Thomas Aquinas Reynolds Professor of Law at Georgetown University Law Center
Con to the question "Should Insider Trading by Congress Be Allowed?"
"The idea that Members of Congress or their staffs can freely step ahead of ordinary investors to profit from information acquired as a result of their legislative roles is disturbing, to say the least. While current insider trading law is more potent with regard to such activity than some of the public commentary on this issue suggests, Congress should act to eliminate any doubt and state clearly that both the trading and tipping prohibitions apply to Members and staff. It would be extremely unfortunate were the SEC or prosecutors to bring an action and have the Member or staff person raise the defense, which they surely would, that service in Congress carries with it no fiduciary-like duty to respect governmental confidences. That would be the last headline Congress should want to see.
The SEC deserves resolution of this as well. An insider trading case against a Member (or even a powerful staff person) will always be a matter of great political sensitivity, likely to be brought only to the extent that the case—legally and factually—is very strong. The external pressures to bring such cases, or not bring them, will inevitably be great when any suspicions arise. Leaving any ambiguity as to the question of whether, and to what extent, the insider trading on Capitol Hill is unlawful is hardly an encouragement to those matters that deserve to be courageously investigated and pursued. Conversely, an explicit statement by Congress that its Members and staff are subject to a duty of trust and confidence would make plain, to the SEC and the American public, that Congress expects no special privilege or treatment with respect to the rules of fair play in the U.S. capital markets.”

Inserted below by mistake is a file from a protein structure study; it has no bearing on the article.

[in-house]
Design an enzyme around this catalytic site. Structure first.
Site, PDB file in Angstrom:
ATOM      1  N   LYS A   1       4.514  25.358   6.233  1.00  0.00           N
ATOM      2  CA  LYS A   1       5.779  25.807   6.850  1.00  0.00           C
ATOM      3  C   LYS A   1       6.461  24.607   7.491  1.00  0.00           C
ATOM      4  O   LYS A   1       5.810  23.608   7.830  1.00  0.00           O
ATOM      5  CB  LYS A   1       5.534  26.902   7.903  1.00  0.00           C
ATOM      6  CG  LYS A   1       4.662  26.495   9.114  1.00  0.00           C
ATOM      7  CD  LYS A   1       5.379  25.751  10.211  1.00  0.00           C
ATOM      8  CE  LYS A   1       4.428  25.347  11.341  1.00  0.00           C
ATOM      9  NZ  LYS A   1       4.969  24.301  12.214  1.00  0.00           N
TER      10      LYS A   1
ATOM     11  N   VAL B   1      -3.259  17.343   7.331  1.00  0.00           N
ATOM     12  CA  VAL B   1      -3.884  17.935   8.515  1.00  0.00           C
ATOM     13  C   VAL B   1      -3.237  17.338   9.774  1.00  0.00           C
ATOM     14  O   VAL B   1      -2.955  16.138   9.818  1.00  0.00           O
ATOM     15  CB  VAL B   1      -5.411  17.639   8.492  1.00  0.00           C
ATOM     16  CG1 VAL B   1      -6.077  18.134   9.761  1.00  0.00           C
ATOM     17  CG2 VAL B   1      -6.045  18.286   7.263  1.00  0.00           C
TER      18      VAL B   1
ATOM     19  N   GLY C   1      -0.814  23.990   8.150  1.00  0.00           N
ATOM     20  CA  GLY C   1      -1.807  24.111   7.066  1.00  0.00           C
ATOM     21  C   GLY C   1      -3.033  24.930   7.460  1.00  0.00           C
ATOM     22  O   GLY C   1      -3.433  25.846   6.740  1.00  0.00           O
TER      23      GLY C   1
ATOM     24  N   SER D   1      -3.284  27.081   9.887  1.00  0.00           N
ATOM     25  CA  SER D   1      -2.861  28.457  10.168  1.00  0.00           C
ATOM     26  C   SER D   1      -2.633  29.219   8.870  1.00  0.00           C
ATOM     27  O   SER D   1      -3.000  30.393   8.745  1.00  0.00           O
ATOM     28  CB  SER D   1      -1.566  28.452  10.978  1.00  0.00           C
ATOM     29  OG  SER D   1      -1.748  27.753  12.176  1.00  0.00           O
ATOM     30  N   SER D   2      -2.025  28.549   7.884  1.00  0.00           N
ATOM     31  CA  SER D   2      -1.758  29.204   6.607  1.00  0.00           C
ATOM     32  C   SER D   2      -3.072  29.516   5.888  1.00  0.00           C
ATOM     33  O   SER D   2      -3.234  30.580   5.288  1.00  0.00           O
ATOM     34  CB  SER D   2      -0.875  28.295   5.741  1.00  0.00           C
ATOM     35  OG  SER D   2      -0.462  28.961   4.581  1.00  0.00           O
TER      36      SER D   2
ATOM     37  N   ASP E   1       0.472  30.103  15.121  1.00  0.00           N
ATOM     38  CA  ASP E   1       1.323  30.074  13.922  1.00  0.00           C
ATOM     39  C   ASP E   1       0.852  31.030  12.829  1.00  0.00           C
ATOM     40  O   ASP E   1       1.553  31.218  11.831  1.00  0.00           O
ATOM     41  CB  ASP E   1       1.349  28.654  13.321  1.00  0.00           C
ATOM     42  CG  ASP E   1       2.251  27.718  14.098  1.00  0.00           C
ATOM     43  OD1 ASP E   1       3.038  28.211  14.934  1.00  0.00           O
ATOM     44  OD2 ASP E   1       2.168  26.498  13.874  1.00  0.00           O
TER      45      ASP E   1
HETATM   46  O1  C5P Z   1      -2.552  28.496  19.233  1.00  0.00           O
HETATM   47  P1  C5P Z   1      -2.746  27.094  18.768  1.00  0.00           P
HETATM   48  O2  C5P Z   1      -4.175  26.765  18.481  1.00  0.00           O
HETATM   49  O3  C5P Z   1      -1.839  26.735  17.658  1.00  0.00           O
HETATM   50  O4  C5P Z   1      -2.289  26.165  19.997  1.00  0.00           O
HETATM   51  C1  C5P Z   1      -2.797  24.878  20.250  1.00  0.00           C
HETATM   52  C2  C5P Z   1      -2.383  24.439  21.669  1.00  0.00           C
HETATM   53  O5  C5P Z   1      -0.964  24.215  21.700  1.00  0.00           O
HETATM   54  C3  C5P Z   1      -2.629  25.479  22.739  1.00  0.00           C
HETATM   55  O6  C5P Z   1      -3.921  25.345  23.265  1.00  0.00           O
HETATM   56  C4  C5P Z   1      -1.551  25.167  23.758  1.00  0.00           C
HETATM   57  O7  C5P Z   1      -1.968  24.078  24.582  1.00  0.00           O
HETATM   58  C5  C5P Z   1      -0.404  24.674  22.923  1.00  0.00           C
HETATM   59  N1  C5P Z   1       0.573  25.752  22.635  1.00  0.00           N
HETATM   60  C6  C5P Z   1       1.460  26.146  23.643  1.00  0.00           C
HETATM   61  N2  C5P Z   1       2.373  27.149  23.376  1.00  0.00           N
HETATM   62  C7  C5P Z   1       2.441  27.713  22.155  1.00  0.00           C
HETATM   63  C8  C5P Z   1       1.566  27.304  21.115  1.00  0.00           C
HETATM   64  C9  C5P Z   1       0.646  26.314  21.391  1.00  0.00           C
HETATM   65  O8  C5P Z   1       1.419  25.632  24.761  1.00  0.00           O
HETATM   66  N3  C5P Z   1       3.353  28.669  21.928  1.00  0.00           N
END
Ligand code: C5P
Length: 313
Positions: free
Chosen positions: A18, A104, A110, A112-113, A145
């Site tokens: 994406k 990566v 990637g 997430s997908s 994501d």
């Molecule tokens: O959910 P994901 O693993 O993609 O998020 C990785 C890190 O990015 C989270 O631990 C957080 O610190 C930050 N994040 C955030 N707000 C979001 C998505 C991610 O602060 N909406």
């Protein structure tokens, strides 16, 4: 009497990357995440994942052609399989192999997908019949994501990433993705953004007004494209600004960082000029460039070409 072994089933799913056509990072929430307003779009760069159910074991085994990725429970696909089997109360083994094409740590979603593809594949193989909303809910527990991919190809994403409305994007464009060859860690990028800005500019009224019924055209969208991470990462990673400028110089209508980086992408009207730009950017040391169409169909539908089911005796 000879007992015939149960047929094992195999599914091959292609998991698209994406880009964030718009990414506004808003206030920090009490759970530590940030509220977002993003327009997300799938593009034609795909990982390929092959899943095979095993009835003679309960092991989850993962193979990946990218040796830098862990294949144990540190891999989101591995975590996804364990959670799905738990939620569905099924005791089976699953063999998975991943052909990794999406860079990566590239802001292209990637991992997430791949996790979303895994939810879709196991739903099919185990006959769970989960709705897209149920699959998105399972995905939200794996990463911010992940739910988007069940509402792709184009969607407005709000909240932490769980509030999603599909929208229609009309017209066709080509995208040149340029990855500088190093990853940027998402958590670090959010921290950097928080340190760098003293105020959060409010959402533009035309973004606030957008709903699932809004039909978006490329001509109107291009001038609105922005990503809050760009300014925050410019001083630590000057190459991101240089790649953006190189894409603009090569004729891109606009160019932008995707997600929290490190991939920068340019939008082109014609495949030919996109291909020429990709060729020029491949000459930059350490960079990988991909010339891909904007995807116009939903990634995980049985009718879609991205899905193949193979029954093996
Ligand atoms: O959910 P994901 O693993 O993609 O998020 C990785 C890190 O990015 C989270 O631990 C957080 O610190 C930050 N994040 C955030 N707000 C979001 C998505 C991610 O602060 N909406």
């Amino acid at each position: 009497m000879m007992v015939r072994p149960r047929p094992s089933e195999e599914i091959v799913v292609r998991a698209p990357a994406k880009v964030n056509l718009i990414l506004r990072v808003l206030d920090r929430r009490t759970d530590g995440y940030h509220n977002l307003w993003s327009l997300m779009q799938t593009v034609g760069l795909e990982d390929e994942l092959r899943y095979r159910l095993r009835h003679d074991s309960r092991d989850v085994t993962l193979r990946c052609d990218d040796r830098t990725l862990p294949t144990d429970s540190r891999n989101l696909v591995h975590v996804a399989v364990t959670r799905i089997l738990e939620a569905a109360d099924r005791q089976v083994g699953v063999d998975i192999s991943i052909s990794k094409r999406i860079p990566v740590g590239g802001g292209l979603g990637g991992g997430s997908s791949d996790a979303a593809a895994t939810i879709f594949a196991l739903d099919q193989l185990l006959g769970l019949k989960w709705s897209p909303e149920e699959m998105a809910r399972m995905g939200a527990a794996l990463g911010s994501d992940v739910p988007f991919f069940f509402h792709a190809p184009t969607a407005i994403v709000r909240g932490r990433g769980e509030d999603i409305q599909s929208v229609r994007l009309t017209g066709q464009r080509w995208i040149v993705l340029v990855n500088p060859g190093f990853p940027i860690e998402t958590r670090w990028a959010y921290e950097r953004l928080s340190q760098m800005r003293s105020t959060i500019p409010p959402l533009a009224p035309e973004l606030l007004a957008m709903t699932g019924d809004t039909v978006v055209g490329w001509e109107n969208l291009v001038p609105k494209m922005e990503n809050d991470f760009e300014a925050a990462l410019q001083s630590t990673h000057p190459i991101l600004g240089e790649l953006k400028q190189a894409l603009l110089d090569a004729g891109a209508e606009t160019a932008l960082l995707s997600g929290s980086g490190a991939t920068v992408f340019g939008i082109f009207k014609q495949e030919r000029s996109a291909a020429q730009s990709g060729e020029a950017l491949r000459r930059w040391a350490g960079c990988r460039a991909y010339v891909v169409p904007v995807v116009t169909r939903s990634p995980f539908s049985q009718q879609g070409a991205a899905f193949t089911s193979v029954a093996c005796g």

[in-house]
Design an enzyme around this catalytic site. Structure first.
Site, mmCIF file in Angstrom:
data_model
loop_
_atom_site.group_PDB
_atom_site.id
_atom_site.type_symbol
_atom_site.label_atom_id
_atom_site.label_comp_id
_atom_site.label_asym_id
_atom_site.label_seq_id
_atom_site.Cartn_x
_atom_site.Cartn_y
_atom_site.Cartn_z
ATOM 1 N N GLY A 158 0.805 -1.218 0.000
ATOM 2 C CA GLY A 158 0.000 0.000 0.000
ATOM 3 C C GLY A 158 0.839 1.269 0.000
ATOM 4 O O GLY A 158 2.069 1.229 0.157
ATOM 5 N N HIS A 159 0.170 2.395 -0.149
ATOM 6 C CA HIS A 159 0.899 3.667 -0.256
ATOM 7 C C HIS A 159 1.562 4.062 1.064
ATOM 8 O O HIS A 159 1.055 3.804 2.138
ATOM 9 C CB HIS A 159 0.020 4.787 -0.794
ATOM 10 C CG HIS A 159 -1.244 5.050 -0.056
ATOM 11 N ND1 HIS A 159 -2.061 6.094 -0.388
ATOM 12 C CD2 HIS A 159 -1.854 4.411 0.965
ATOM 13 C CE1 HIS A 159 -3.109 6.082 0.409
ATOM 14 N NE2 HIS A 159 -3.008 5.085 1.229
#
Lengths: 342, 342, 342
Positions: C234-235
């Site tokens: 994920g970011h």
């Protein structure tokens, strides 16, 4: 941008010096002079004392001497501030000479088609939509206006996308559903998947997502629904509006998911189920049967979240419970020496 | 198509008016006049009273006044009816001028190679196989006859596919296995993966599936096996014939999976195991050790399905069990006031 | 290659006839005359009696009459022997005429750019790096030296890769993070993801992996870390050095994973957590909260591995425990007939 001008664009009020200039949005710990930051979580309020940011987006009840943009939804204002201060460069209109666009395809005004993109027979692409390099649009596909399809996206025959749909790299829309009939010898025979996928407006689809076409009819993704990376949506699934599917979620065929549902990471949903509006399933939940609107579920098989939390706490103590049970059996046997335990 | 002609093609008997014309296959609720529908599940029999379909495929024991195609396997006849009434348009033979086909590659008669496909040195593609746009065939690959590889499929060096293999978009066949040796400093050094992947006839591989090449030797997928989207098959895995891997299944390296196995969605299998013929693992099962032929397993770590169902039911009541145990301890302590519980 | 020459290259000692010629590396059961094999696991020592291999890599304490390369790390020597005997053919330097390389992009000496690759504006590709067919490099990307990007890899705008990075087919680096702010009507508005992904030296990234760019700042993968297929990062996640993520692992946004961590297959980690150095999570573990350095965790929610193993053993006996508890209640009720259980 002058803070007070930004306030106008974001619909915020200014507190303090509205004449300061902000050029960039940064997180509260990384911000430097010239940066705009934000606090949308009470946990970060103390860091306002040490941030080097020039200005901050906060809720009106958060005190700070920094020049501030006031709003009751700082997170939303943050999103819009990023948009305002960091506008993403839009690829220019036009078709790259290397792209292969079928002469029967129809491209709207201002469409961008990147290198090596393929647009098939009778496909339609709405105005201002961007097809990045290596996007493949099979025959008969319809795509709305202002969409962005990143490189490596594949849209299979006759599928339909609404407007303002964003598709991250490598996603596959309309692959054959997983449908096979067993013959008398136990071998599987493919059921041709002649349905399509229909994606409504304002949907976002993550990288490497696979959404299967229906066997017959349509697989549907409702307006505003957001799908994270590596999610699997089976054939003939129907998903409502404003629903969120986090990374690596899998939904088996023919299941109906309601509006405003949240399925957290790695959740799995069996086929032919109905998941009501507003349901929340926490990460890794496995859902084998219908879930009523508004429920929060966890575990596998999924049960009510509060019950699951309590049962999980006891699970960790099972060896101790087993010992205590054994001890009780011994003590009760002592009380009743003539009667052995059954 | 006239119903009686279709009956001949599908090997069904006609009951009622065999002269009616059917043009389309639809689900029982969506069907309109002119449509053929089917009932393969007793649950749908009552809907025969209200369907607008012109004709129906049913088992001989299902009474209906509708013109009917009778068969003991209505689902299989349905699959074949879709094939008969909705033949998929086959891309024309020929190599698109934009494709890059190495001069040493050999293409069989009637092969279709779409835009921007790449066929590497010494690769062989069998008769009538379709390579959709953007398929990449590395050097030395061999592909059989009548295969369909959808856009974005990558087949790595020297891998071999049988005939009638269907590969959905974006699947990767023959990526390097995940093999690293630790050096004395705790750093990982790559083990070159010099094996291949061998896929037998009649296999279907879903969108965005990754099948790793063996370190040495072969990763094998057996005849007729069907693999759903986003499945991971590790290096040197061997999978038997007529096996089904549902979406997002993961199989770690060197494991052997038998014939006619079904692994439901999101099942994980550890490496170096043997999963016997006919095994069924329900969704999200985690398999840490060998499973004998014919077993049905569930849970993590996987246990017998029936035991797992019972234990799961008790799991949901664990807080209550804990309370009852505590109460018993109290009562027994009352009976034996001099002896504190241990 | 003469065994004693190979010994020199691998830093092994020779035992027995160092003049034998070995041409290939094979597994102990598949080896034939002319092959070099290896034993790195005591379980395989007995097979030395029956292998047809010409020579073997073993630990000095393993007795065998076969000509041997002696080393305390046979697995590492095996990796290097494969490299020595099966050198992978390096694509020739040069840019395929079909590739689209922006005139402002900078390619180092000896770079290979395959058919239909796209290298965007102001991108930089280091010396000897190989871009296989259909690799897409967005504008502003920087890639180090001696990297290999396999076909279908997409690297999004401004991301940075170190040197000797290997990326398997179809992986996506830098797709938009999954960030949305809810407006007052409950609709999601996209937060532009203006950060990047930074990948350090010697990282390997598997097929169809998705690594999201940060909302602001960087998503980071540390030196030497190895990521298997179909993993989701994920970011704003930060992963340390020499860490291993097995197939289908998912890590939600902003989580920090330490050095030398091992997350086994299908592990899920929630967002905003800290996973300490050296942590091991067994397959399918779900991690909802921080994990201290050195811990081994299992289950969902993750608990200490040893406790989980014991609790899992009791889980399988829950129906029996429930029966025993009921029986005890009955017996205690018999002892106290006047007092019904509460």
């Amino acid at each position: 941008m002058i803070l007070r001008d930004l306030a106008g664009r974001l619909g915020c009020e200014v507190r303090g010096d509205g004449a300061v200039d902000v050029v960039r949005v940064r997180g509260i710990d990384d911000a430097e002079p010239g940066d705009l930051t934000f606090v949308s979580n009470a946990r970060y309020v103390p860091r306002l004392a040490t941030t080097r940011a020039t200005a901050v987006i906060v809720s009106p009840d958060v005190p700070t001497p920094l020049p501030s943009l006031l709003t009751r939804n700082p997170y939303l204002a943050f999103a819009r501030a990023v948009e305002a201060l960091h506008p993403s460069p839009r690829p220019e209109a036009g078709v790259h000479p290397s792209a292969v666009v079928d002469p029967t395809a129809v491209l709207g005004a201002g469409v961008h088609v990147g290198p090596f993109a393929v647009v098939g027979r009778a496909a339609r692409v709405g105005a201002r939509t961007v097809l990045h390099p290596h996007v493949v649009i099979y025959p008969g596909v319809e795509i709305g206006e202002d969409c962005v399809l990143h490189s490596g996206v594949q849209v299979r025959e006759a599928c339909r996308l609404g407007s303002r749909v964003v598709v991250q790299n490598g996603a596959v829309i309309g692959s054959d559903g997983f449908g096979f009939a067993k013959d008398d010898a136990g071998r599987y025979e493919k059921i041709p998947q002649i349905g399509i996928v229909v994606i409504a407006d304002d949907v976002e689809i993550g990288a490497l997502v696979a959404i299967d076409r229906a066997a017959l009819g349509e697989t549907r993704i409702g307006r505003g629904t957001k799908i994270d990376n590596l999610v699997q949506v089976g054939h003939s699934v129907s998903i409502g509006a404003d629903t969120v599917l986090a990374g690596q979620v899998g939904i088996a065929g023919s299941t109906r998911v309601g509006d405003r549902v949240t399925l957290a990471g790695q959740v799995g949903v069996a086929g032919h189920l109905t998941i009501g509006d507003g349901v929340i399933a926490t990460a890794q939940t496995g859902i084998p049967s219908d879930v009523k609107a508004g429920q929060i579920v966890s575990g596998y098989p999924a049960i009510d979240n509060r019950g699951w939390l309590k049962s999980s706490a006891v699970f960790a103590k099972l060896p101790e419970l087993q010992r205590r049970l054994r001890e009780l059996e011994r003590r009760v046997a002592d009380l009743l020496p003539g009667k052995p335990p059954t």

"Insider Trading and Congressional Accountability," Testimony before the US Senate Committee on Homeland Security and Public Affairs, Dec. 1, 2011
Experts Individuals with JDs, PhDs, or equivalent advanced degrees in fields relevant to insider trading issues. Also top-level government officials (such as foreign leaders, US presidents, Founding Fathers, Supreme Court Justices, members of legislative bodies, cabinet members, military leaders, etc.) with positions relevant to insider trading issues.
Involvement and Affiliations:
Thomas Aquinas Reynolds Professor of Law, Georgetown University Law Center, 1999-present
Co-Director, Joint Degree in Law and Business Administration, University Law Center, 1999-present
Lee S. and Charles A. Speir Professor, Vanderbilt University School of Law, 1981-1999
Special Counsel, Office of the General Counsel, US Securities and Exchange Commission (SEC), 1978-1981
Lawyer, Wilmer, Cutler and Pickering, 1976-1978
Former Visiting Professor, Harvard University Law School
Former Visiting Professor, University of Michigan Law School
Former Lecturer, Washington College of Law, American University